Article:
One of these days, we will probably have to stage something that would pass muster as a bash or shindig. My personal lotto fantasy, unrealisable as long as I continue my near-unbroken run of not buying lottery tickets, involves hiring out a large boat and flying all my friends down for a huge days-long party in Sydney Harbour or somewhere like that [4]. There would be a band, and gourmet chefs and… Oh, who am I kidding? We’d probably all play Dungeons and Dragons for a week [5].

Anyway, back to the topic at hand – happy birthday to Simon for yesterday and I am sorry if I dozed off a couple of times! And if you happen to be reading this on your birthday, well – Happy Birthday!

 

[1] Which is really a large table in a spacious dining room with the laptop in it, but “writing nook” sounds like something a Real Writer [2] would have.

[2] Trolling Dr Clam, come in Dr Clam 🙂

[3] and perhaps even weightier topics, on rare and lamentable occasions.

[4] Actually, if it were one of those lottery wins that make the news, I would relocate the venue to Queenstown in South Island, which has a very picturesque lake and also skiing nearby. Dress accordingly if you see me on the news holding a giant novelty cheque.

[5] While we were not being seasick over the side, of course.

April 22, 2012

In sickness and in health

Filed under: fitter/happier,friends,news of the day,wordsmithery — lexifab @ 4:10 pm

It’s been quiet around here. Too quiet. I’ve finally come through the bout of bronchitis that I’ve been carrying for the past two weeks, just in time for the wedding yesterday of our housemates Simon and Sarah.

The bronchitis hung around forever, morphing its modus operandi several times over – hacking cough, stinking headache, fever, lethargy and never all at the same time. Thankfully the suite of antibiotics – including one normally prescribed for pneumonia (!) – put a bullet in its tricksy little brain and rolled it into a ditch. I’m still a bit on the flimsy side, but I’ll be back at work on Monday without any problems.

The writing

Since I had the concentration span of a fish finger during the illness, work on the novel was non-existent. That is, until one night last week when I sat down and hammered out the final chunk of text for Draft Zero of my novel in a single literally feverish session of a couple of hours. It really was one of those trance-writing sessions that some authors talk about, when the story pours out as fast as the writer can type it. [1] I don’t have those very often – my technique is more “think for twenty minutes, type for five, repeat”. It seems that slight doses of delirium agree with me. Reading back over it, it’s mostly usuable, which is even more startling.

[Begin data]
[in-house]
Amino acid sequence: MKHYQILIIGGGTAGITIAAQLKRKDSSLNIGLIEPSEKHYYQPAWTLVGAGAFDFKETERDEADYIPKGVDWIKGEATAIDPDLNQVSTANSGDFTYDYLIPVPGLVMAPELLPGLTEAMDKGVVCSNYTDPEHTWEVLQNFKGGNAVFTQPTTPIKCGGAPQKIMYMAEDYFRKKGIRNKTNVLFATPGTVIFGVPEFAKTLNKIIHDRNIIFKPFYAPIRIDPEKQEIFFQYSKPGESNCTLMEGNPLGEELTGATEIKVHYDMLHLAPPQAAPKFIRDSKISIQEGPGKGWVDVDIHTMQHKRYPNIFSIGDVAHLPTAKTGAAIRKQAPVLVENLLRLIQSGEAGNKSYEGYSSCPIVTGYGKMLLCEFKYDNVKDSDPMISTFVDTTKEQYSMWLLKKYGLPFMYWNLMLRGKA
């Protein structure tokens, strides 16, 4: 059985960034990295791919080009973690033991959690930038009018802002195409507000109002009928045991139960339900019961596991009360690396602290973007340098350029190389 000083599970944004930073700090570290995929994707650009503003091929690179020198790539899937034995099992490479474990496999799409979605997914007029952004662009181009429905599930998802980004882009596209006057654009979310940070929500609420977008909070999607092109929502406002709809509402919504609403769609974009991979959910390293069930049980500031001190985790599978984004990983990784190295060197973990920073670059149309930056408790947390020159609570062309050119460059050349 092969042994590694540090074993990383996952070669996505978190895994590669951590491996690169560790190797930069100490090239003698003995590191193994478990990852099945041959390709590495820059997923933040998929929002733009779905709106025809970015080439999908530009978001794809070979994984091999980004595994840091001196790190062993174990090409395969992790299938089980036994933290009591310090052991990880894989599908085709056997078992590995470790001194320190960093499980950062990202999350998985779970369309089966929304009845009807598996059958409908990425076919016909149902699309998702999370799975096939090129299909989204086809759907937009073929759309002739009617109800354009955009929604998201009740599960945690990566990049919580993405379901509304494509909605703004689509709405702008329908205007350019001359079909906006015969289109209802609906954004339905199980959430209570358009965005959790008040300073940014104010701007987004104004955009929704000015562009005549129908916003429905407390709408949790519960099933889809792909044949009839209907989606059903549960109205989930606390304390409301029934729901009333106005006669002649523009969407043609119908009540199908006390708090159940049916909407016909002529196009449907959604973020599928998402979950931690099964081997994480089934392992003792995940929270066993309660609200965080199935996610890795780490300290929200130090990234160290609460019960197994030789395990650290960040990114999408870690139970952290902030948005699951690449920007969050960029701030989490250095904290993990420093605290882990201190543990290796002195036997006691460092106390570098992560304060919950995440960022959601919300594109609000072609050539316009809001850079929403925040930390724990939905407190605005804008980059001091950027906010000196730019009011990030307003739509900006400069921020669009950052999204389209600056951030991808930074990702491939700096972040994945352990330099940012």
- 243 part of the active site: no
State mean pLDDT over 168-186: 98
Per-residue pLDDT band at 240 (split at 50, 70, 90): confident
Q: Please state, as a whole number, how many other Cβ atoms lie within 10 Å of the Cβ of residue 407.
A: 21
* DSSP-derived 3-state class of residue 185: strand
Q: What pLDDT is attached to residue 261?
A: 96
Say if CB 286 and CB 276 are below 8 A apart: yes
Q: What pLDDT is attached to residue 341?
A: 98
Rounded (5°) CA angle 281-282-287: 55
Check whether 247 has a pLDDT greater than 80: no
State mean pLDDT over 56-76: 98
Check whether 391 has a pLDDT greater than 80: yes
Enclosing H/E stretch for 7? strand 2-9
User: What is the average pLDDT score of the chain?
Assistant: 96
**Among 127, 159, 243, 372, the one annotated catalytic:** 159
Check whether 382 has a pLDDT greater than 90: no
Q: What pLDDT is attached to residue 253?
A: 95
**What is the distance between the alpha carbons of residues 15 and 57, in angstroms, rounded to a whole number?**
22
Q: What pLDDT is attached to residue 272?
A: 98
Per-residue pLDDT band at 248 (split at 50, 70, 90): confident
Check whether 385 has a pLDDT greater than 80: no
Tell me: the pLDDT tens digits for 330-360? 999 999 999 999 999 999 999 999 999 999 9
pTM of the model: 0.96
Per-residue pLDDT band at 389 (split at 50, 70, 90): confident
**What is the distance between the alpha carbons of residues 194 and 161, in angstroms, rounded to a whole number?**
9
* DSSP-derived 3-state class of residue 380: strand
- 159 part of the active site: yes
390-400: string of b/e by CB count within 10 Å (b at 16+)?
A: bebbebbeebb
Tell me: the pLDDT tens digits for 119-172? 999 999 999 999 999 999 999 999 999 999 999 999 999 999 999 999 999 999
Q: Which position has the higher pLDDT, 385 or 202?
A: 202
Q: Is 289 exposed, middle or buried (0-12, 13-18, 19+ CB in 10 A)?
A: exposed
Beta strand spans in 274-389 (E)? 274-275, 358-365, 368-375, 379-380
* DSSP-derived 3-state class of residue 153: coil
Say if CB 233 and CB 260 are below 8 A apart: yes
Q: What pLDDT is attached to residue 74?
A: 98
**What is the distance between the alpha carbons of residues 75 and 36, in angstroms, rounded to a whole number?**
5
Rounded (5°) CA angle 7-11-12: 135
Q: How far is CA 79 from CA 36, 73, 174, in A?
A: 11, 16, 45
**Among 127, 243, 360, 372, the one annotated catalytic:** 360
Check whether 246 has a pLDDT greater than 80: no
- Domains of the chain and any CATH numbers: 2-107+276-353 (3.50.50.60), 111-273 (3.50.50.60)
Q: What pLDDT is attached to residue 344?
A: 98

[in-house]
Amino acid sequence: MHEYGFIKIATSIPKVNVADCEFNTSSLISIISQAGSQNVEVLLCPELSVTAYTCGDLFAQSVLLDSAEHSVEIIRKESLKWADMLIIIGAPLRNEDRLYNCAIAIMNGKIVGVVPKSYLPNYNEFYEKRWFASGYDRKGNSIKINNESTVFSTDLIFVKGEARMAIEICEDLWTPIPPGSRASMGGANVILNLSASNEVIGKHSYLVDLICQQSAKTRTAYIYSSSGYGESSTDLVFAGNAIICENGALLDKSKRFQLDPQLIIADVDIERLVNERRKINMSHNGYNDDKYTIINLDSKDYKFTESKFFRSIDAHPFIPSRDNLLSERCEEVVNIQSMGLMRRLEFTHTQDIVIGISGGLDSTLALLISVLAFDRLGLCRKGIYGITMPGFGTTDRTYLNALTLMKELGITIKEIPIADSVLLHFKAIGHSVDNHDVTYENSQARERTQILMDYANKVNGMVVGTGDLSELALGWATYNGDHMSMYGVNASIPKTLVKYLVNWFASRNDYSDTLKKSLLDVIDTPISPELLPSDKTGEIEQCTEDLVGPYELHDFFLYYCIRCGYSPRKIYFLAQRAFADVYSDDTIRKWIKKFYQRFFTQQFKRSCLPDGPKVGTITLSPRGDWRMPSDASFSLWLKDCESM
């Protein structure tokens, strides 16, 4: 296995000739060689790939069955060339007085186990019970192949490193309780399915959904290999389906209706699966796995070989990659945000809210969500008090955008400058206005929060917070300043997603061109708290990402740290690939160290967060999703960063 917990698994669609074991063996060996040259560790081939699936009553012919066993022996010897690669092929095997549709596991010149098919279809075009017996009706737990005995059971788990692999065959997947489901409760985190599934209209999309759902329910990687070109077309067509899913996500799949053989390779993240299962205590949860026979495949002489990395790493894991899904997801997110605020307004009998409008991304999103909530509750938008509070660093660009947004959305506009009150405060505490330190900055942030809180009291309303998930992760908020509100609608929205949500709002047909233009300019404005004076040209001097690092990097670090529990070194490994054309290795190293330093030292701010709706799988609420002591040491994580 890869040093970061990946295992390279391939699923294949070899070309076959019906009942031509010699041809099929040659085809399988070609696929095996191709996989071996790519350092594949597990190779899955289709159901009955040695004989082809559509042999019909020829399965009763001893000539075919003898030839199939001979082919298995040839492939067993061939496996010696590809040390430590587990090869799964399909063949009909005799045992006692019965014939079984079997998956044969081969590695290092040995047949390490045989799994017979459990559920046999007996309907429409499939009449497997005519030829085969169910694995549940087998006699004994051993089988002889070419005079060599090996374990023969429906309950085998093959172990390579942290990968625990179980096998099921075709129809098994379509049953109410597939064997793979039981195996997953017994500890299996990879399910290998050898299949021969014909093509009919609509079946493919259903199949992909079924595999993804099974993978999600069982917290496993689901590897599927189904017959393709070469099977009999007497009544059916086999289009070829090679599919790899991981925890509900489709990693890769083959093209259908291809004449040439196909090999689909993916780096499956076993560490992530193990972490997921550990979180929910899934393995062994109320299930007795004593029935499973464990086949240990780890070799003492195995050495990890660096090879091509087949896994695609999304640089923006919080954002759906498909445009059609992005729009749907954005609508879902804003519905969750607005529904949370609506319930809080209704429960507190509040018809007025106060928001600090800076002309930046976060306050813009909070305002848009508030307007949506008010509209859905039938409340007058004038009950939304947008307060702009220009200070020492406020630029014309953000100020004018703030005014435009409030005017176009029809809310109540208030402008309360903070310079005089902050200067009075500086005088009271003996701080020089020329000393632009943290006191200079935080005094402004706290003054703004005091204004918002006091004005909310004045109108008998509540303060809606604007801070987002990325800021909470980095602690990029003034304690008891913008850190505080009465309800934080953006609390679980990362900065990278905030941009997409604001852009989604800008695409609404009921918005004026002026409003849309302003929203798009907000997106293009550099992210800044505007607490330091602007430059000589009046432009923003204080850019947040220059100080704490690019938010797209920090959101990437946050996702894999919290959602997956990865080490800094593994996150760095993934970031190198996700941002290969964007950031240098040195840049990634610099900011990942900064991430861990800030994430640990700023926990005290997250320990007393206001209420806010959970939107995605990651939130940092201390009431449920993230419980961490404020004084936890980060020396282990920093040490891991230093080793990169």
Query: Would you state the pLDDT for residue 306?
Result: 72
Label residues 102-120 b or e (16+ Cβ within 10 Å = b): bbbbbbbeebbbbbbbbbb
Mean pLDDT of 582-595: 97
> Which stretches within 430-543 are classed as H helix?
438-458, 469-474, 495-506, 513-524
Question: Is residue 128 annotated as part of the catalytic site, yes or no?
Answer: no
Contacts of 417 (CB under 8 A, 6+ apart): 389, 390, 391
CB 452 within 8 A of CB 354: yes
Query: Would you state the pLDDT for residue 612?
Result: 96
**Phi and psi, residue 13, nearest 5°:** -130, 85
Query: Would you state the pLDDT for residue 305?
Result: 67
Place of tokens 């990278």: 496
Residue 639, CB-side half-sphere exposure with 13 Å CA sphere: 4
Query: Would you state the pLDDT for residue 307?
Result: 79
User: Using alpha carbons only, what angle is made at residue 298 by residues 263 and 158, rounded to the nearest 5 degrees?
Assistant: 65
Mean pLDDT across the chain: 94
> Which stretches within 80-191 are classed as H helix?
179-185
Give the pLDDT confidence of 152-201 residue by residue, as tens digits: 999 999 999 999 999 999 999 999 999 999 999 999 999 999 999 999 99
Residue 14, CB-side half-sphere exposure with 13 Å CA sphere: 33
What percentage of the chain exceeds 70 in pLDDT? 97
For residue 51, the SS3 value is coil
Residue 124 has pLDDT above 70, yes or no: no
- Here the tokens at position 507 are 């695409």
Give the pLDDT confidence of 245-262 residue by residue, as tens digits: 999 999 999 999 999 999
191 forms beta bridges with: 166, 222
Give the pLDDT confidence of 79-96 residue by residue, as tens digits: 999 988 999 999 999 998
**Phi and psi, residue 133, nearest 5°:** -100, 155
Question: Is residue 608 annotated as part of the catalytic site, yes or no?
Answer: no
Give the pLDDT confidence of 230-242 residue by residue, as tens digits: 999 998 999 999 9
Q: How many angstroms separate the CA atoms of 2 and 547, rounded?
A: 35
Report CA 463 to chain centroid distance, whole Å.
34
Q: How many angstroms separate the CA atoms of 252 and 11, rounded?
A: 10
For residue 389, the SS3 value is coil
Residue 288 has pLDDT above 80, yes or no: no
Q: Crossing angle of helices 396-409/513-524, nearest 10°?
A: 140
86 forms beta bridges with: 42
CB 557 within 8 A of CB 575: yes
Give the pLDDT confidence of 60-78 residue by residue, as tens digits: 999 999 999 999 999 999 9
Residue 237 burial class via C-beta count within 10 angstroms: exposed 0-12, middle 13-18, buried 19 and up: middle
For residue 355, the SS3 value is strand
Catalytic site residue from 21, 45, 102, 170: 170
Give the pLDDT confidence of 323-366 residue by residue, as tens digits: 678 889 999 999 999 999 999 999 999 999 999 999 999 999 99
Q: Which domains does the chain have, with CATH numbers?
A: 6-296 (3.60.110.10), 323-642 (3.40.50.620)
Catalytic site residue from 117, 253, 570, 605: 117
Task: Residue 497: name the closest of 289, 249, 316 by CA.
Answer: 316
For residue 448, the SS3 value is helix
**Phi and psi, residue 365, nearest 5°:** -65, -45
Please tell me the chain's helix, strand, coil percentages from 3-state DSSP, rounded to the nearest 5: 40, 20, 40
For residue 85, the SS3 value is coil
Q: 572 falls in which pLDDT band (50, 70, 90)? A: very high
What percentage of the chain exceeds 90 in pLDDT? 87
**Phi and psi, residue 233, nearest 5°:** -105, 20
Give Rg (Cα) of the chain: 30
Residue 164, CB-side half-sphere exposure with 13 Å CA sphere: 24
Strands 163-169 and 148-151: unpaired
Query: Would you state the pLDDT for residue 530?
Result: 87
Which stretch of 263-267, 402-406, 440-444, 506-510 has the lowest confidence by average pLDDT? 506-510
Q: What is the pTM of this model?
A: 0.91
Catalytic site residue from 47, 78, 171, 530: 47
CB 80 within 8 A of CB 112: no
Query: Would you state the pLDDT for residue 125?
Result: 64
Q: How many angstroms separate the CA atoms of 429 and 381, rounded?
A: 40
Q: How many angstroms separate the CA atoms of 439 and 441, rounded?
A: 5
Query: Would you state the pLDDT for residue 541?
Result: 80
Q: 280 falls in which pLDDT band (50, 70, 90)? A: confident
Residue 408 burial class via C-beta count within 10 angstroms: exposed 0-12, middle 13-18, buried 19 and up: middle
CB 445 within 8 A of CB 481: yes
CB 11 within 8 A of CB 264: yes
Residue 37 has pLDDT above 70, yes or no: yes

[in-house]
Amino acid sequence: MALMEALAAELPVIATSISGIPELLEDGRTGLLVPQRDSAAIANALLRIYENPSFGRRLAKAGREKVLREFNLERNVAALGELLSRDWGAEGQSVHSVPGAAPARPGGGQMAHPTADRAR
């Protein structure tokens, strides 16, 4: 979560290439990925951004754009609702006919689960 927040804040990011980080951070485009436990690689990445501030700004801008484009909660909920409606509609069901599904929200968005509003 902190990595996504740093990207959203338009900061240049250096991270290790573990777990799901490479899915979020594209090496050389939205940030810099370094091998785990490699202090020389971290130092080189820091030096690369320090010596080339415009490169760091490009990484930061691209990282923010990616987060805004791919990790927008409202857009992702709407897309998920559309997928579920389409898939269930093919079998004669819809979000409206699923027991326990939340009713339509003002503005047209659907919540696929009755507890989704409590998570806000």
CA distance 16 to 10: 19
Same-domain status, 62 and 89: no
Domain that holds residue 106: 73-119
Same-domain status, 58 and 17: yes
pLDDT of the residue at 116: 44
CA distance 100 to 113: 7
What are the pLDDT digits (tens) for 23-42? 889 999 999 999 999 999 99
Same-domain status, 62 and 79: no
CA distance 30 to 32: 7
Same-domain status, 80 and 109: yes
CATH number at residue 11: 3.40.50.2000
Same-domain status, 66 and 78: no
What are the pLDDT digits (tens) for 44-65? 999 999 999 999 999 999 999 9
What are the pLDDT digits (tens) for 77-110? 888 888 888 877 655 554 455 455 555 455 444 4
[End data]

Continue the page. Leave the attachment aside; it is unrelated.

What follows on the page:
So, yay, step one complete. My unreadable mess draft is finished. Sure, nothing much happens for the first forty pages, the protagonist doesn’t drive the action much, the cosmology is half-thought-out and largely nonsensical, there’s continuity errors all over the place and the climax is a cluttered mess that fails to address most if not all of the questions raised in the preceding narrative – but it’s done. Next job will be to go back to first principles and write a proper outline of the novel. What’s there is a useful guide, but now I have to knuckle down and start applying some elbow grease. I figure I will do at least three or four passes on the outline before I dive back into the writing. I do tend to write a lot faster when I know where I am going with something. I’m not setting myself any deadlines yet, but I hope it won’t take more than a few weeks to get the outline into the shape I want. While I’m doing that I will write short fiction if I feel the occasional urge to be spontaneously creative.

The wedding

The wedding of the year took place on a beautiful autumn afternoon alongside one of Canberra’s many picturesque lakes. Simon and Sarah opted for a very simple ceremony under the trees, with the formalities over and done with inside ten minutes. That’s always a good idea when most of your guests are standing. Brother Jimbo and I acted as Simon’s groomsmen. I am happy to report that neither of us managed to break anything. Then there were photos with mountains, trees and a lake decorating the backgrounds, some chitchat with some dear friends who’d come from near and far for the ceremony – not to mention various members of Simon’s family whom I’ve not laid eyes on for mroe than ten years – and finally it was off to the reception.